- We can import the
FlowLogconstruct from a local Python file (
- A new VPC construct is instantiated and passed as an argument to the flow logs for specifying the VPC for generating log data
- The flow log construct is instantiated
Working with VPC flow log data fields
Identifying relevant data fieldsThere are plenty of data fields we can use for customizing our log format, as listed here. Recognizing the right fields depends on your use case, as some fields may be more useful than others. Here is a collection of data fields you may find useful for network traffic monitoring and security with sample use cases:
An example of a log event using the data fields above as a custom log format is:
|Example use case(s)
|The AWS account ID of the owner of a source network interface.
|Identifying AWS users so that only trusted users are accessing specific resources from the VPC.
|The ID of the network interface (resource) whose IP traffic is being recorded.
|Identifying which resource is being monitored in a flow log record.
|The region that contains the network interface for which traffic is recorded.
|Evaluating whether region-to-region transfers are being made which generally results in high latency, bogged-down bandwidth, and high costs.
|The ID of the subnet that contains the network interface whose IP traffic is being recorded.
|Ensuring resources are running in their proper subnets.
|Source address of incoming traffic or IP address of network interface for outgoing traffic.
|Verifying only trusted resources are sending data out or detecting incoming traffic as possible threats or unknown sources.
|Destination address of outgoing traffic or IP address of network interface for incoming traffic.
|Ensuring resources are only accessing verified destination addresses, or only trusted resources are being accessed.
|Source port of traffic.
|Ensuring that only trusted applications on a local resource are being used for accessing external resources, or vice versa.
|Destination port of traffic.
|Ensuring that only trusted applications on an external resource are accessing local resources, or vice versa.
|Whether the traffic flow is
ingress (incoming) or
|Identifying only outgoing traffic by specifying
egress within a CloudWatch Log Insights query.
|A specific numerical value representing the path that egress traffic takes to its destination.
|Verifying resources are using intended paths to their destination, such as a VPC gateway endpoint instead of a NAT gateway to lower S3/DynamoDB access costs.
|Whether the traffic is accepted (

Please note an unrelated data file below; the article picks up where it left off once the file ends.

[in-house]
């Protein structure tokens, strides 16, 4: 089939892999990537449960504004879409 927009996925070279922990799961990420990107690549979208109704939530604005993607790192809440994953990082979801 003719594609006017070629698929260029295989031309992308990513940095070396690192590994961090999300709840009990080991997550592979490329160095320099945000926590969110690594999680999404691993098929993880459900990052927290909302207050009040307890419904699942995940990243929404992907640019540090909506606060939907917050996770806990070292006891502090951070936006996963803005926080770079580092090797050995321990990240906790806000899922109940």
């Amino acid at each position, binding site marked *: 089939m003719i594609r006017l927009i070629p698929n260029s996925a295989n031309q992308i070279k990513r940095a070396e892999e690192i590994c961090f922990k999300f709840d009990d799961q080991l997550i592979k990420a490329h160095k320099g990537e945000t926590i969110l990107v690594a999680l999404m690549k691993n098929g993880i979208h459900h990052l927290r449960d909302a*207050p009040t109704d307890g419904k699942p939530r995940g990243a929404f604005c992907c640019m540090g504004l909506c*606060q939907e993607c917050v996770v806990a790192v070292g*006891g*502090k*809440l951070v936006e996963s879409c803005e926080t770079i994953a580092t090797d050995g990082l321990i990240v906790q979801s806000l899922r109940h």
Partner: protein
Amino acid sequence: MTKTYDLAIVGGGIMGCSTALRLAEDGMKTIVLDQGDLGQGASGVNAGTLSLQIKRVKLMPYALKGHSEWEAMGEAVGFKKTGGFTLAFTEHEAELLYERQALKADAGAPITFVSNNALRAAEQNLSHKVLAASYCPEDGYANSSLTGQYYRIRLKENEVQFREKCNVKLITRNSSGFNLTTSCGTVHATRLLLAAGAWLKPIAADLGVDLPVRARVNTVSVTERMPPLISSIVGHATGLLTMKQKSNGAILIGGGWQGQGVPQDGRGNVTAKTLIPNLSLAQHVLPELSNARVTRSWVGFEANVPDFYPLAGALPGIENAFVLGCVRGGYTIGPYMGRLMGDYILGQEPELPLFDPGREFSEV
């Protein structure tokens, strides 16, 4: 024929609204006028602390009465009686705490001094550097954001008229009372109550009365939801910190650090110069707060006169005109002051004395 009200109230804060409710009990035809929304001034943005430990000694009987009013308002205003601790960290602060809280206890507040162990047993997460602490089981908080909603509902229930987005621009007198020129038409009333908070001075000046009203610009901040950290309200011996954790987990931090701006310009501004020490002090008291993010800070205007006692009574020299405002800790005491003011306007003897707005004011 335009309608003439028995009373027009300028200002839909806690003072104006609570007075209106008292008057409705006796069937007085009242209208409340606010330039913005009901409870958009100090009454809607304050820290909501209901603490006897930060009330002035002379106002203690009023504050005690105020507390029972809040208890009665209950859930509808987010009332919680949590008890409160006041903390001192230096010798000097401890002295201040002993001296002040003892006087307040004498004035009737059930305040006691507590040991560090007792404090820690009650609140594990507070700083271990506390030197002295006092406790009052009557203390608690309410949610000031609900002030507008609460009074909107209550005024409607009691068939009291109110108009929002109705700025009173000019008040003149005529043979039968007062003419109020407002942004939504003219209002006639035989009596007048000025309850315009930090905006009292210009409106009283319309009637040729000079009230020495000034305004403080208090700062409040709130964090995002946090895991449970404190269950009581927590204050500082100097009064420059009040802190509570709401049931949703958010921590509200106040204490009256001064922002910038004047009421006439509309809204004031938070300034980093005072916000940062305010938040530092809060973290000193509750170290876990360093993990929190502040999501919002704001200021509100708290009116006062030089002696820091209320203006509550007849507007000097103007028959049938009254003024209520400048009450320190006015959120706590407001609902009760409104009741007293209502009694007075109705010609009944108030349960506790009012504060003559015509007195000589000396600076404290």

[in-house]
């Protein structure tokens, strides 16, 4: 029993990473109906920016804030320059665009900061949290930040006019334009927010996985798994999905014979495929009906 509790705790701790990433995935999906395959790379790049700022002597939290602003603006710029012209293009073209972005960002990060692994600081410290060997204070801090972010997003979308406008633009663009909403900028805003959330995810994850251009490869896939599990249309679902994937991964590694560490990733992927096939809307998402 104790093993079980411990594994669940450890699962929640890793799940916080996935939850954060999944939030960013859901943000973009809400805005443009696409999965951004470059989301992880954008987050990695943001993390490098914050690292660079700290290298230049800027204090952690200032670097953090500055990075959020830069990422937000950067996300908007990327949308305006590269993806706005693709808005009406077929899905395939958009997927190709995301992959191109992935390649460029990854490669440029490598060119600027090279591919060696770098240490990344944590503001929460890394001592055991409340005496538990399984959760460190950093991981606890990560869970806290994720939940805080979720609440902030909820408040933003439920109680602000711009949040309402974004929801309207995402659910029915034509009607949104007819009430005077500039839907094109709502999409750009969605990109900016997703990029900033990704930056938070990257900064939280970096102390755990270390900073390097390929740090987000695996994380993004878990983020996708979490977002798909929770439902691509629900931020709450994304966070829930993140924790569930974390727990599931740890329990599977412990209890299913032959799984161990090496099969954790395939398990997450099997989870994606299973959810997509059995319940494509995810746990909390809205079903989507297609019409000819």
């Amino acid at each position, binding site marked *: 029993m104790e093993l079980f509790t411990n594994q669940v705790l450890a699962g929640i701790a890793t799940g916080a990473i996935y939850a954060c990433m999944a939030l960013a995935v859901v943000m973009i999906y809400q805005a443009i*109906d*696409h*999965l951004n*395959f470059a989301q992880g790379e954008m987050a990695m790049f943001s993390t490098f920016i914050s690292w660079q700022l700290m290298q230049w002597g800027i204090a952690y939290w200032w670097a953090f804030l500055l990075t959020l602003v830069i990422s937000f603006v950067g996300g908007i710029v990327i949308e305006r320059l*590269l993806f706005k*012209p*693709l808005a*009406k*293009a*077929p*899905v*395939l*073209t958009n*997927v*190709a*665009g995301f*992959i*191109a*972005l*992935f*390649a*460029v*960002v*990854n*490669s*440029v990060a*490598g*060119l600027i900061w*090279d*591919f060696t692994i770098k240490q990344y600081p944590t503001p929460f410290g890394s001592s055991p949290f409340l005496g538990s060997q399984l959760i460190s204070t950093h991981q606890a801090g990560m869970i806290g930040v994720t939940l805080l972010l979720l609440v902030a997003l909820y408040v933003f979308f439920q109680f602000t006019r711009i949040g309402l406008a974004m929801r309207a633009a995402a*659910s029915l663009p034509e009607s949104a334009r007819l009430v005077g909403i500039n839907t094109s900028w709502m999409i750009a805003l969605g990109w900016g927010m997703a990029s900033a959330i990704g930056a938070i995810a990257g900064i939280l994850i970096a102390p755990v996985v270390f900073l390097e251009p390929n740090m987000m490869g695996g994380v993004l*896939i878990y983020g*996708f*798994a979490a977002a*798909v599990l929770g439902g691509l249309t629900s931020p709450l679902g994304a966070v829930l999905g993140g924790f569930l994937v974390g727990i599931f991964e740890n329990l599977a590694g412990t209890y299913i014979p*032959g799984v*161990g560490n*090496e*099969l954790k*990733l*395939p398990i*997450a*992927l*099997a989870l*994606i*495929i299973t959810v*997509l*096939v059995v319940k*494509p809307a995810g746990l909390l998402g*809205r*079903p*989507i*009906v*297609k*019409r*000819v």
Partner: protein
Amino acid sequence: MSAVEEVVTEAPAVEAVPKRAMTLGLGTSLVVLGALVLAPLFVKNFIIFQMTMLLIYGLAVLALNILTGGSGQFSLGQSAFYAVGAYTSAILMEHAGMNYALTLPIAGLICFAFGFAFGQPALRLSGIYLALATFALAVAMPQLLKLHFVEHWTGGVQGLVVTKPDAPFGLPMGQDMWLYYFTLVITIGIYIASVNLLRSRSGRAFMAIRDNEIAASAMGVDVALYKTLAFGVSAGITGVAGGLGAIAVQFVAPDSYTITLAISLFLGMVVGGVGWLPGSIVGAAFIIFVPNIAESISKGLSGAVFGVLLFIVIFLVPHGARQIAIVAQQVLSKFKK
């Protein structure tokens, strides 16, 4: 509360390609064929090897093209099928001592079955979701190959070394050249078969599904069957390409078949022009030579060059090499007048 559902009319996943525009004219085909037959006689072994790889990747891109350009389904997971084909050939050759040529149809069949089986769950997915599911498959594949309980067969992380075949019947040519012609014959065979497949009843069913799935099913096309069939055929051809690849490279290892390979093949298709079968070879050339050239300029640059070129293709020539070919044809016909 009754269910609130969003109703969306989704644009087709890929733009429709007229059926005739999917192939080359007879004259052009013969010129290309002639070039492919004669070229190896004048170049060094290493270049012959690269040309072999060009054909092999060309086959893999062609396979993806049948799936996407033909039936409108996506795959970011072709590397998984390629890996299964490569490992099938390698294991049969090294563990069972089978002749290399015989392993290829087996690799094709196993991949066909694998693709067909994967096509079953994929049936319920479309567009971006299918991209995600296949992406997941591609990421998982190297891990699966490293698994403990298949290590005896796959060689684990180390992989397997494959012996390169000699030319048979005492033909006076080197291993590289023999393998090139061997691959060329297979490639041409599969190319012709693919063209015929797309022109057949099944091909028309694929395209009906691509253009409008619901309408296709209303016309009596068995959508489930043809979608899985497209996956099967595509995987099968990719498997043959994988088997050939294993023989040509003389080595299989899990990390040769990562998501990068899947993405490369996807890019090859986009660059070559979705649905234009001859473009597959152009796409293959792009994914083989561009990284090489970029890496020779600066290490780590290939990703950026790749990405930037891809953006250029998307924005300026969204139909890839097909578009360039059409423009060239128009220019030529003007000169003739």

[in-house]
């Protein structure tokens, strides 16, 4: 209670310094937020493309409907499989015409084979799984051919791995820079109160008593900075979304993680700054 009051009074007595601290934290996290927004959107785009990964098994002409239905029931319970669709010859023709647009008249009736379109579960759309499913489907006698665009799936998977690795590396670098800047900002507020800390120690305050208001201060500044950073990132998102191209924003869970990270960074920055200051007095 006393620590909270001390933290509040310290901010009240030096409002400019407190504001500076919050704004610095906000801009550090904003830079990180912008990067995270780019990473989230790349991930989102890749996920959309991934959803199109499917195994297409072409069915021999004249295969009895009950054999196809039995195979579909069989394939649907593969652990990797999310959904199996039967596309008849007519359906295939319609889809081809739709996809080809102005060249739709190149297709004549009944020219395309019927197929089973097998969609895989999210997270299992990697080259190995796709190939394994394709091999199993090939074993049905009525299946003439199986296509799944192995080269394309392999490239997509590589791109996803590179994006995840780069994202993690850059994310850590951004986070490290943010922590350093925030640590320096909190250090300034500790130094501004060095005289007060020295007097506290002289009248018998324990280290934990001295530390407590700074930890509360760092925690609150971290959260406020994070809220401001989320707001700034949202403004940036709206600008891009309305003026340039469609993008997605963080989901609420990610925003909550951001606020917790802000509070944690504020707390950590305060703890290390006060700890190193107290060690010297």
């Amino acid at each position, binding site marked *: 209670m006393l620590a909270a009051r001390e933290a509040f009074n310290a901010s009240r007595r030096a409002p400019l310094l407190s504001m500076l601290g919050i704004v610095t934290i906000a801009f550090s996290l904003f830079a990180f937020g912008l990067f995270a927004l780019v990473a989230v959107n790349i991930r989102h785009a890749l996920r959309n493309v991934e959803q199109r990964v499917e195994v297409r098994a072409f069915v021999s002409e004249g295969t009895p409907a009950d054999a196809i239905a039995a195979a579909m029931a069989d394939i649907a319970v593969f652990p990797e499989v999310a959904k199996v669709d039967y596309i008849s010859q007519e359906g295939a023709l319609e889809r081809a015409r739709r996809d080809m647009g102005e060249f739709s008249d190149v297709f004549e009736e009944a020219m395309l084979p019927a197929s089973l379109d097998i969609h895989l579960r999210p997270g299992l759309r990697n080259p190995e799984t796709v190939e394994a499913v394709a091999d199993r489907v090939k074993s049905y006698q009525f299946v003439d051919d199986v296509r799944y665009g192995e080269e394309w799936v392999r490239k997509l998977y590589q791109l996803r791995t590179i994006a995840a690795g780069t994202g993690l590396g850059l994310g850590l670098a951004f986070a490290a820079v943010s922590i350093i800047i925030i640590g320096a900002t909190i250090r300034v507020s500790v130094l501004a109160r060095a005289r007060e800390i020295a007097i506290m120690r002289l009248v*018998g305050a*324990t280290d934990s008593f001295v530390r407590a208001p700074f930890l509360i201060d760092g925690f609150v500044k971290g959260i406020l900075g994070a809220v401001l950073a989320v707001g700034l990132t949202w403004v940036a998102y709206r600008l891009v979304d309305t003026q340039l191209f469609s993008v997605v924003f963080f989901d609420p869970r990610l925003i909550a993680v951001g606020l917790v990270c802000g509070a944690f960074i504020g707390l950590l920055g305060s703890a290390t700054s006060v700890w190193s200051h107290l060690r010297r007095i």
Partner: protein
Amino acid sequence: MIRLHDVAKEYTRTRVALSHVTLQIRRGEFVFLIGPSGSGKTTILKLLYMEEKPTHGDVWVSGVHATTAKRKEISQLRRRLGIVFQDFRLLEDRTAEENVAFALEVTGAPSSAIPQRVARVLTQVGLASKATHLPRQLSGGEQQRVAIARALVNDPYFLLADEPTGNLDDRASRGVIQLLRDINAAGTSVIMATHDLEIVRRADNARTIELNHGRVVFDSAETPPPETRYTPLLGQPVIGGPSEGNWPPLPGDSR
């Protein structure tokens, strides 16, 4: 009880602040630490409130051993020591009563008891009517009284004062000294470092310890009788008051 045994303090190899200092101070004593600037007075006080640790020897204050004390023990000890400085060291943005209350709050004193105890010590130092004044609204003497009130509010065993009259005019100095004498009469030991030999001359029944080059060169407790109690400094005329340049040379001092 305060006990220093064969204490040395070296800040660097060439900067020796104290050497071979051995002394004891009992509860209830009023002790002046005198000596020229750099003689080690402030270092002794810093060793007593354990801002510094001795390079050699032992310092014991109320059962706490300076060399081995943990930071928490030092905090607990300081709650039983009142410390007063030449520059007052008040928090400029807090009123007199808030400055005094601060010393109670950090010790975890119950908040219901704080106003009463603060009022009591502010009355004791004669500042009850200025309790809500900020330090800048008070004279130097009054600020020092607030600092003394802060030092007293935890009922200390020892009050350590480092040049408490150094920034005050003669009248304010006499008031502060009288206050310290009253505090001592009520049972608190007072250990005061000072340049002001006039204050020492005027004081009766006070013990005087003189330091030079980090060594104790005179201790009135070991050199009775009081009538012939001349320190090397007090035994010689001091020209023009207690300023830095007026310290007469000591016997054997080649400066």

|Diagnosing traffic that may not be allowed by security groups or network ACLs, or packets arrived after a connection was closed.
|Whether data logged normally (
OK), no network
traffic to/from the network interface (
some flow log records were skipped (
|Ensuring traffic logging is successful, detecting if resources are unable to transfer data with each other.
Querying log records with CloudWatch Log InsightsCloudWatch Log Insights can be used to query CloudWatch log events with SQL-like syntax. VPC flow logs can aggregate CloudWatch log events very quickly, so querying can be very useful for specifying a log group's log events that we are interested in viewing based on their data points. For example, let's say we want to see recent outgoing traffic from a specific user's resources. Let's look for the 20 most recent log events where the user's account ID is
107530157253 and the traffic is outgoing or
egress. We can run the following query:
fieldsspecifies the values that are imported from a log event, where
@messageis the log data
accountIdis a given value from the log event referenced in the query as
flowDirectionspecifies whether traffic is incoming (ingress) or outgoing (egress)
filtergets log events that match one or more conditions
ConclusionEnabling VPC flow logs that publish to CloudWatch logs has a multitude of benefits with the various data fields provided. Being able to directly monitor resources in a VPC and query data through flow logs can be a valuable addition to your networking toolset.
- A full list of log event data fields can be found in the AWS Documentation here
- Further detail on CloudWatch log insights query syntax can be found here, along with sample queries here